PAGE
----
With the sobriety of September settling in, commodity prices have shown some dramatic movements as the global economy shows signs of recovery and growth.
Positive economic growth in the U.S. economy usually translates to a stronger dollar and weaker U.S.-denominated gold prices, and that’s exactly what happened to gold on Sept. 2, the first trading day after the Labour Day holiday: With the U.S. gross domestic product showing a surprisingly strong 4.2% annualized growth rate in the second quarter, spot gold prices plummeted US$19.50, or 1.5%, to US$1,267 per oz. in London, saying a quick goodbye to the US$1,300 per oz. level of support that gold had shown for much of 2014.
With the U.S. economy now in its fifth year of recovery, gold prices are down a full 10%, or US$142 per oz., from a year ago.
Dovetailing gold’s movement, silver prices sank US29¢, or 1.5%, to US$19.20 on Sept. 2, having abandoned in early August the US$20 level of support enjoyed since June.
Platinum prices have reflected labour politics in major producer South Africa. With most of the early 2014’s labour strife now settled and mine production resuming in South Africa, platinum prices have dipped below US$1,400 per oz., off from their highs above US$1,500 per oz. seen only two months ago.
Palladium has been the bright spot amongst the precious metals of late, closing at US$887 per oz. at press time. Palladium — an essential ingredient in autocatalysts — has had a good price lift in 2014 owing to continued tension in Ukraine, with threats of U.S. and European Union sanctions against major palladium producer Russia. Palladium hasn’t traded below US$800 per oz. since April 2014.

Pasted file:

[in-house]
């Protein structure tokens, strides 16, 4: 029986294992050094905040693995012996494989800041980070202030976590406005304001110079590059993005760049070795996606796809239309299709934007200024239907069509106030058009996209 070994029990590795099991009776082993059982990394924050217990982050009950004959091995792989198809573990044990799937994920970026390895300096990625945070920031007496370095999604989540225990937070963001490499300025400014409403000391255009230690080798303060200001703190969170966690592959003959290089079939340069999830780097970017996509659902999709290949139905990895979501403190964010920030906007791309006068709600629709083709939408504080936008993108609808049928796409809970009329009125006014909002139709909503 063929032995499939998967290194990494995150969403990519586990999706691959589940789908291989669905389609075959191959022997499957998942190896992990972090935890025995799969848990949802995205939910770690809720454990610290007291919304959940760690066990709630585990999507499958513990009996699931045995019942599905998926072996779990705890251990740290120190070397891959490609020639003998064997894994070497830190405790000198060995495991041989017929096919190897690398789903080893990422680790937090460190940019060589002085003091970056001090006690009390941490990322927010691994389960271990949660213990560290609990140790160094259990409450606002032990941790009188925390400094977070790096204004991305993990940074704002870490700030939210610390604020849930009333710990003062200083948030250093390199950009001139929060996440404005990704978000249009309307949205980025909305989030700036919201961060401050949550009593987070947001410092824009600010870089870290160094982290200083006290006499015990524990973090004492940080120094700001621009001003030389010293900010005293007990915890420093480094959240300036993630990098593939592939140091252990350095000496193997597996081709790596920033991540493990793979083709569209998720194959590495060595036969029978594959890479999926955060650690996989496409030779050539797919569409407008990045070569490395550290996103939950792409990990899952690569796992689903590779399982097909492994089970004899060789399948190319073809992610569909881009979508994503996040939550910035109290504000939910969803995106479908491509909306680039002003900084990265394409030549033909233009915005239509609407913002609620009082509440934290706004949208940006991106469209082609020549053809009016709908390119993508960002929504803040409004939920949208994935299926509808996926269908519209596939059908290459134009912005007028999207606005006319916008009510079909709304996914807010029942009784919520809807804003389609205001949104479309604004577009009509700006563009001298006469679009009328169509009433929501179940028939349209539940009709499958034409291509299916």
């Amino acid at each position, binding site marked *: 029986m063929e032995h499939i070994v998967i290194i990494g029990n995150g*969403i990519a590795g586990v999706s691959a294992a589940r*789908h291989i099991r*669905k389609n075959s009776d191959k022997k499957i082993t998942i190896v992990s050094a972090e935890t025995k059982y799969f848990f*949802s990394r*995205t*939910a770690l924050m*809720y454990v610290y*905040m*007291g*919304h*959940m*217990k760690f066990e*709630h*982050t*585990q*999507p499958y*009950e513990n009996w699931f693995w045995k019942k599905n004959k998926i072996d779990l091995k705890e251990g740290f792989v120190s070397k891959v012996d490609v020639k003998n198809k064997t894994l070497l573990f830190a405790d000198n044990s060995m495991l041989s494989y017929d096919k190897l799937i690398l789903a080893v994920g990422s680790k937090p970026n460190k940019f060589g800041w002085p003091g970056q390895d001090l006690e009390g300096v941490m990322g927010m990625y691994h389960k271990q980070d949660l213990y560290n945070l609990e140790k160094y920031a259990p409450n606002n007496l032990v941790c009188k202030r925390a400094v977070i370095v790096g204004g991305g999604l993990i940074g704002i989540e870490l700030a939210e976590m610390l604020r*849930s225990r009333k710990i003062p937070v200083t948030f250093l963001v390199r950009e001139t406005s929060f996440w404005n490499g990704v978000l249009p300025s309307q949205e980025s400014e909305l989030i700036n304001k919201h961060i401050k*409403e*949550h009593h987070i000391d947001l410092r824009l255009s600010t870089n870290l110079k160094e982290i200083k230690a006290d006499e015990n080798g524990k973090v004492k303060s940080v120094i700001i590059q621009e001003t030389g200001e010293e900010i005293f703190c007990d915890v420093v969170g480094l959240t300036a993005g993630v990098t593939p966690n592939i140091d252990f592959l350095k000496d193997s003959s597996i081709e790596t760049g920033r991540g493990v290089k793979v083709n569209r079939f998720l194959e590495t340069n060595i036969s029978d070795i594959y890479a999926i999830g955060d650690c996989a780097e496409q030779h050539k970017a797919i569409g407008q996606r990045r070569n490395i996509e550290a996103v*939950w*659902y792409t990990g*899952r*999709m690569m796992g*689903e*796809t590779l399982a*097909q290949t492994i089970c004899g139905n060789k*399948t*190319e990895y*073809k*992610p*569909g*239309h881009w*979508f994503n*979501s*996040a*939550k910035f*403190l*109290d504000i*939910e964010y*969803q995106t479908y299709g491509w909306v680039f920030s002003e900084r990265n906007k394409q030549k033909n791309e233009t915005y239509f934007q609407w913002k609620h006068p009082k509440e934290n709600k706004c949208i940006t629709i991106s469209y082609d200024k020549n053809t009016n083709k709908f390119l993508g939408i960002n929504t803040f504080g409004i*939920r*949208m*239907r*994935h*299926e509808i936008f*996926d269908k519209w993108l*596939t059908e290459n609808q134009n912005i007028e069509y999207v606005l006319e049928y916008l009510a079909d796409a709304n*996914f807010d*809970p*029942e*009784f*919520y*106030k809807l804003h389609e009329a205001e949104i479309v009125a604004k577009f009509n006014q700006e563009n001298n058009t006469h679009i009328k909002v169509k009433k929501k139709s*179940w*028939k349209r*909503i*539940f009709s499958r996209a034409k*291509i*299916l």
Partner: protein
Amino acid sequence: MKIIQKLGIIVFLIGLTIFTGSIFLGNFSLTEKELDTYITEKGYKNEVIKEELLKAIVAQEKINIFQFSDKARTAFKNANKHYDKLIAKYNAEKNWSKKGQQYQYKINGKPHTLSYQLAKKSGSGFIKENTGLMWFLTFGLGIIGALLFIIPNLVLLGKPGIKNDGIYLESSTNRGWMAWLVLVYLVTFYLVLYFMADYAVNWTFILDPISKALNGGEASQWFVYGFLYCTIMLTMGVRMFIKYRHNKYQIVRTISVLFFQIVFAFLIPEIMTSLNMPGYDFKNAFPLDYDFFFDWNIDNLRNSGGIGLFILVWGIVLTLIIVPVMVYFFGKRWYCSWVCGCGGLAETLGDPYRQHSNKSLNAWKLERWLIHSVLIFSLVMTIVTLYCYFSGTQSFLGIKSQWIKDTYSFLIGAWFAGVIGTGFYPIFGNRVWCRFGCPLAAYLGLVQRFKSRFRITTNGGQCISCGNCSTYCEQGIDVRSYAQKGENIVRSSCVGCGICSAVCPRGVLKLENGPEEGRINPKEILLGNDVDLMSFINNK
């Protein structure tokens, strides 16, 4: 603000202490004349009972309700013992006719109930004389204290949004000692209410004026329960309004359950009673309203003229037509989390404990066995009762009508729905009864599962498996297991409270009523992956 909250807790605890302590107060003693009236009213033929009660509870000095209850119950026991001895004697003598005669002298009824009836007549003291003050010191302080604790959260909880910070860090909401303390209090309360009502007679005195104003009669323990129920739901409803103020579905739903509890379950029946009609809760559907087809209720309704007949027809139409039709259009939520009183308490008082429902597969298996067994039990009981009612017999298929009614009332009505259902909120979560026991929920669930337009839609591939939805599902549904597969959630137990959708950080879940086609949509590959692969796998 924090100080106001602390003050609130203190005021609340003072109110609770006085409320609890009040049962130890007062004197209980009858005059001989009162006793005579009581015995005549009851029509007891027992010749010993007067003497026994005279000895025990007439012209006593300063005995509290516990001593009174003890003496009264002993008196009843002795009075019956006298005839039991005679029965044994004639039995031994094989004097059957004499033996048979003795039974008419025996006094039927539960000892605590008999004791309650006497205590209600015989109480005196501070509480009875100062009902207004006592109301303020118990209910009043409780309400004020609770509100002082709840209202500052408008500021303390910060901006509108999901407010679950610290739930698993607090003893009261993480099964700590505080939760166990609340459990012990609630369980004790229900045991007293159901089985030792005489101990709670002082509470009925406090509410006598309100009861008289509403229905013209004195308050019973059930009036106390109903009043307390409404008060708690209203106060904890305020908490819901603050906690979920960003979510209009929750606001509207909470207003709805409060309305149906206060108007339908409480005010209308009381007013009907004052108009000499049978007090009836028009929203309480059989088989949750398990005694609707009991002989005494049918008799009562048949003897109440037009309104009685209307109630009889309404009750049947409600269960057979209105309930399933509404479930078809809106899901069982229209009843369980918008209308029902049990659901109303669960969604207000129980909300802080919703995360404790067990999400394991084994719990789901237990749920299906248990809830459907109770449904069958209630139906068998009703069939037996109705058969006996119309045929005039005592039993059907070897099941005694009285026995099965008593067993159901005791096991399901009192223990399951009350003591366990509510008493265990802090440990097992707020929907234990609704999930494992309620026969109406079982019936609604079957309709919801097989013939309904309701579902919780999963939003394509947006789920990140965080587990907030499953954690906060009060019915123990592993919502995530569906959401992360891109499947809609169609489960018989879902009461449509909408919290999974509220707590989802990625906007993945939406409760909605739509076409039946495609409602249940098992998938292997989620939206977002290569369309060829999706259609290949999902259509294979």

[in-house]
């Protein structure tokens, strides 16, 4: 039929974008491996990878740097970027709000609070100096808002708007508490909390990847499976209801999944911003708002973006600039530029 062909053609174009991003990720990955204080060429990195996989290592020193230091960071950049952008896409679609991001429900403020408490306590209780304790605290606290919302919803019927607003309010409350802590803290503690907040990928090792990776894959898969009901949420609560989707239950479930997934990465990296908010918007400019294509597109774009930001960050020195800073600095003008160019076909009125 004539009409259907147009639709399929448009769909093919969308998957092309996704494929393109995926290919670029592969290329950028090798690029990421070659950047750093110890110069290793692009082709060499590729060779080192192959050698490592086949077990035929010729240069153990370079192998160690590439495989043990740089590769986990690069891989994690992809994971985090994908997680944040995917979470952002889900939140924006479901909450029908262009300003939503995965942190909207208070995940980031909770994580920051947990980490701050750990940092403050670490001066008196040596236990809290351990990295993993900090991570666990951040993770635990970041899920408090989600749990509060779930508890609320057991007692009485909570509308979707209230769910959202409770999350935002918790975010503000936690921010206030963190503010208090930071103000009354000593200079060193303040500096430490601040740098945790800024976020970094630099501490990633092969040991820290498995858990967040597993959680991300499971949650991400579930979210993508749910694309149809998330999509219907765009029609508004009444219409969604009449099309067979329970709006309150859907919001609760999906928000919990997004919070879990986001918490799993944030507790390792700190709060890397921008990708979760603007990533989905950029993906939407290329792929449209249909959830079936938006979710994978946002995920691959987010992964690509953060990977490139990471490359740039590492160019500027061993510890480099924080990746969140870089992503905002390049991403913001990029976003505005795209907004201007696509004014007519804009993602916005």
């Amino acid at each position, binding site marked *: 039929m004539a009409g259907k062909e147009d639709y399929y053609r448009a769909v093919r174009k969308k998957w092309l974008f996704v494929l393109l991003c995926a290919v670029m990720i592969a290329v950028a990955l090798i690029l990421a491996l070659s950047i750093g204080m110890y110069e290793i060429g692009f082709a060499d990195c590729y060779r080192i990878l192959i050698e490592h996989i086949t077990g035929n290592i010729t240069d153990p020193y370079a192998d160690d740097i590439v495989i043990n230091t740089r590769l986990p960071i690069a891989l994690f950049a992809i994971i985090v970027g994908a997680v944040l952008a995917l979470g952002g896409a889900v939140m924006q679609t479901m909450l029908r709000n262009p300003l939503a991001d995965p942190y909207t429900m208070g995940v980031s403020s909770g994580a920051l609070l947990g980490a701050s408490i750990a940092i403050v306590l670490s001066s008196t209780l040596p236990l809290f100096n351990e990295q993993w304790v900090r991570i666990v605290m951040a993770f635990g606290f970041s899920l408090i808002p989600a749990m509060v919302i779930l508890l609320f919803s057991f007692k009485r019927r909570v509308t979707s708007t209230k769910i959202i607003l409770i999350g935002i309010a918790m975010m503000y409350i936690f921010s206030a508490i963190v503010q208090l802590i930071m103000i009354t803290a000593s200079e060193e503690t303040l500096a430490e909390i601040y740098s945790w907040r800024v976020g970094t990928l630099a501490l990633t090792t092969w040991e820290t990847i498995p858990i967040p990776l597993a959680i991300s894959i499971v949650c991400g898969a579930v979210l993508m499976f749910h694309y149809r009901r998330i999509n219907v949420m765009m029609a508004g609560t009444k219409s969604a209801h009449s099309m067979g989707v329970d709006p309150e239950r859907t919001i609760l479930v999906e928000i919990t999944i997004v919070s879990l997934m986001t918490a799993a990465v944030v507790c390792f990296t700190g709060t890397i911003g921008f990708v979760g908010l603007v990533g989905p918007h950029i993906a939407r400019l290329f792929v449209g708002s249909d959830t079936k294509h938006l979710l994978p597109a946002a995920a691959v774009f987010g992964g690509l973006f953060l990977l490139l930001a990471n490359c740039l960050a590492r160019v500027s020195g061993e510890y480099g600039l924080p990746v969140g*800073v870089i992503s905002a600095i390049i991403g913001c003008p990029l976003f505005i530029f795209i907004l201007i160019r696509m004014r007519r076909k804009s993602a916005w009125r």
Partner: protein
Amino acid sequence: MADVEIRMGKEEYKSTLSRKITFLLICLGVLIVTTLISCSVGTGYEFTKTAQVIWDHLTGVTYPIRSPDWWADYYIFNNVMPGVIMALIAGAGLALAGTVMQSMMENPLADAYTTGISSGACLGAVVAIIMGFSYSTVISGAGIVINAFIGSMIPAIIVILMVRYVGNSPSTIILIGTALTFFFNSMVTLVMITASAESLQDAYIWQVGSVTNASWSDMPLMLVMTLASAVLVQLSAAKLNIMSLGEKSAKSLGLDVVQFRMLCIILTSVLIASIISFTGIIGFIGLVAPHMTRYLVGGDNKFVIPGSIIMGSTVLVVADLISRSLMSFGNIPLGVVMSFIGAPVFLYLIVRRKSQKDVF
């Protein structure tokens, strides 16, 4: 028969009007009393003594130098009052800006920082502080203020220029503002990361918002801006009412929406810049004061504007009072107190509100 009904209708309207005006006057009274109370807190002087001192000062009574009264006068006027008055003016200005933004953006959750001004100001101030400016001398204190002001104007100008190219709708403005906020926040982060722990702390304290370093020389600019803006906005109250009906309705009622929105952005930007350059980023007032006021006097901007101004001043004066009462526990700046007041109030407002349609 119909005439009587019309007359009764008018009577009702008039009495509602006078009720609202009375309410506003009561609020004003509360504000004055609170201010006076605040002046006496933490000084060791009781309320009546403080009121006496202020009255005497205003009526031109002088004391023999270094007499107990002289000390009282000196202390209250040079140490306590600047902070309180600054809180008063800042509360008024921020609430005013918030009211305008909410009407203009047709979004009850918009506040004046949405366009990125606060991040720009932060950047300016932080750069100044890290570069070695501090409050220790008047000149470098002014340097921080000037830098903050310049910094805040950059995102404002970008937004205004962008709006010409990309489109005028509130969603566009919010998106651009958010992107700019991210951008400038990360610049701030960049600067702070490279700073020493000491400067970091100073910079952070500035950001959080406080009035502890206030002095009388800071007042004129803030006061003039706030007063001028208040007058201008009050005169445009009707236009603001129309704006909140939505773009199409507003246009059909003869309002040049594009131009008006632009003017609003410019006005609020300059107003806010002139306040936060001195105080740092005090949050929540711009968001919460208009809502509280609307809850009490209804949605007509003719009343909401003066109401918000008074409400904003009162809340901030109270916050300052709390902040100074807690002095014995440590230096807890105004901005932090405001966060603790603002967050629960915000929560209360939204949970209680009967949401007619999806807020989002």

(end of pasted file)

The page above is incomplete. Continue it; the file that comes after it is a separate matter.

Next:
While the uranium market wallows in chronic oversupply, the spot price has shown a flicker of life owing to the strike and lock-out at Cameco’s McArthur River mine — the world’s largest uranium mine — and its Key Lake mill in northern Saskatchewan. Uranium oxide spot prices have recovered from the desultory US$28 per lb. seen in mid-2014 to a full US$32 per lb. on Sept. 1, according to Ux Consulting. That’s still pretty low, but uranium producers will gladly take the 14% monthly gain.
In the base metals, humble zinc is drawing attention from analysts this year, as major mines come offline around the world. Zinc prices have strengthened to US$1.07 per lb. at press time, with banks such as Scotiabank predicting prices as high as US$1.60 per lb. in 2015, and markets becoming “genuinely tight” in 2016.
Scotia’s other favourite base metal is nickel, which it says will rise from its July levels of US$8.64 per lb. to hit US$10.75 per lb. in 2015 and US$12 per lb. in 2016, as the Indonesian nickel concentrate export ban holds.
Among the non-metals minerals, spot potash prices in Vancouver have recovered 5% from their bottom of US$295 per tonne seen in July, as buyers across the globe restock their supplies, which had dwindled as buyers delayed purchases in 2013 partly in hopes of getting lower prices from Uralkali.
It gets grimmer again looking at iron ore and coal prices. Iron ore prices have dropped to two-year lows of US$87 per tonne from US$100 in May owing to a cooling Chinese housing market, which is a huge consumer of stainless steel. Australia’s mega-sized iron ore mines are producing at lower costs than many of their global competitors, prompting analysts to predict a wave of iron ore mine closures in the months to come, particularly if prices stay below US$90 per tonne.
Coal miners have similarly contended with two years of supply glut and depressed prices for thermal and metallurgical coal, but at least prices seem to have stabilized in recent months, reversing the deep pessimism seen in the subsector in the second quarter. While coal prices haven’t rebounded, more than a few stocks in coal mining companies have rallied to 52-week highs in recent weeks.
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